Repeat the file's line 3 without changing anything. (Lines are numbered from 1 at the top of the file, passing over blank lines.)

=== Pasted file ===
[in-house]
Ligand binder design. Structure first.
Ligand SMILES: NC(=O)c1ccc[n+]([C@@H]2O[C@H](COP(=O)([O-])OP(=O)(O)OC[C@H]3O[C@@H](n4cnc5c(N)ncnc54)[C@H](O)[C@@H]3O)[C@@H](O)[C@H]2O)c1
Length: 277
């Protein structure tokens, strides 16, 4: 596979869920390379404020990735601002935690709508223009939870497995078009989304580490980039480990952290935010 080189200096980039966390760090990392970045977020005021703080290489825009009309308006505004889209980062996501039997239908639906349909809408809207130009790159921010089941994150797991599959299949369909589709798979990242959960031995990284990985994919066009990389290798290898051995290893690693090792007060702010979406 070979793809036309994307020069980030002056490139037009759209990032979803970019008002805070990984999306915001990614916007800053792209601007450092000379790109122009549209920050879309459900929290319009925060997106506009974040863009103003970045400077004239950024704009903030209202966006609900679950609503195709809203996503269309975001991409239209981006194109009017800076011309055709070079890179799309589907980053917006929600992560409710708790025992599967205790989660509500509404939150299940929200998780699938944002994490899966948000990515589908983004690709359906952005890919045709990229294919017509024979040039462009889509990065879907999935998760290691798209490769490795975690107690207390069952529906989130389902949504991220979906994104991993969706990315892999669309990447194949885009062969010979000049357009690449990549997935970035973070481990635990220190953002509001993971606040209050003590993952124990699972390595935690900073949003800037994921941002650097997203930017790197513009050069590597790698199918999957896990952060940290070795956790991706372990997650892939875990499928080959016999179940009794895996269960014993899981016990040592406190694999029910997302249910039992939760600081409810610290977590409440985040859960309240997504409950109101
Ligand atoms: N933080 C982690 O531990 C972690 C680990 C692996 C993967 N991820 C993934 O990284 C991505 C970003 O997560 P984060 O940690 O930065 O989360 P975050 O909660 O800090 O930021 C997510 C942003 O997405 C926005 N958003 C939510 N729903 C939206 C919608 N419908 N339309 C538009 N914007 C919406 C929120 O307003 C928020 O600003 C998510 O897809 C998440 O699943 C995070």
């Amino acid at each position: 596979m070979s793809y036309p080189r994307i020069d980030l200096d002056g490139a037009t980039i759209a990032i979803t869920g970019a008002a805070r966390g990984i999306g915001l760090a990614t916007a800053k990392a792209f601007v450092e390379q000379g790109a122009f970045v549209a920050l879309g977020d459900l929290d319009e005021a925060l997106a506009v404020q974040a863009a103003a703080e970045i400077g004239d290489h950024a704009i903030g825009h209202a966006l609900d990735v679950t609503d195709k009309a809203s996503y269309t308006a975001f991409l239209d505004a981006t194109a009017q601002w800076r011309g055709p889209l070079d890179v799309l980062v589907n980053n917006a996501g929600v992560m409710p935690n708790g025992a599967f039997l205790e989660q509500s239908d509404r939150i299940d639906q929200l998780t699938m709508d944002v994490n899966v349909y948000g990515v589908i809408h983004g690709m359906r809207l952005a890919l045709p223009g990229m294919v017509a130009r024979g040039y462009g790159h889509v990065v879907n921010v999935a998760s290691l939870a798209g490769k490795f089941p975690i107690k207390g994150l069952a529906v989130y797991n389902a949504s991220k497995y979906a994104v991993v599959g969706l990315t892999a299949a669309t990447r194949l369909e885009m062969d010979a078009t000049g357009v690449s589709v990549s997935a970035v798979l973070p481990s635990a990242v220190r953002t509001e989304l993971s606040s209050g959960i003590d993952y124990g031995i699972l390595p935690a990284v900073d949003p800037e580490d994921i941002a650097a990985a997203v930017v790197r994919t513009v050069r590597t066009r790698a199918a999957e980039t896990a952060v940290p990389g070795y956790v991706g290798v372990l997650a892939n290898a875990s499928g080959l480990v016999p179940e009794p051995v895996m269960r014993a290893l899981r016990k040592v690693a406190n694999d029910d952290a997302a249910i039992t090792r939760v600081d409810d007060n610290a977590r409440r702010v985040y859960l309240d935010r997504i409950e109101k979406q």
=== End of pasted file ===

Ligand SMILES: NC(=O)c1ccc[n+]([C@@H]2O[C@H](COP(=O)([O-])OP(=O)(O)OC[C@H]3O[C@@H](n4cnc5c(N)ncnc54)[C@H](O)[C@@H]3O)[C@@H](O)[C@H]2O)c1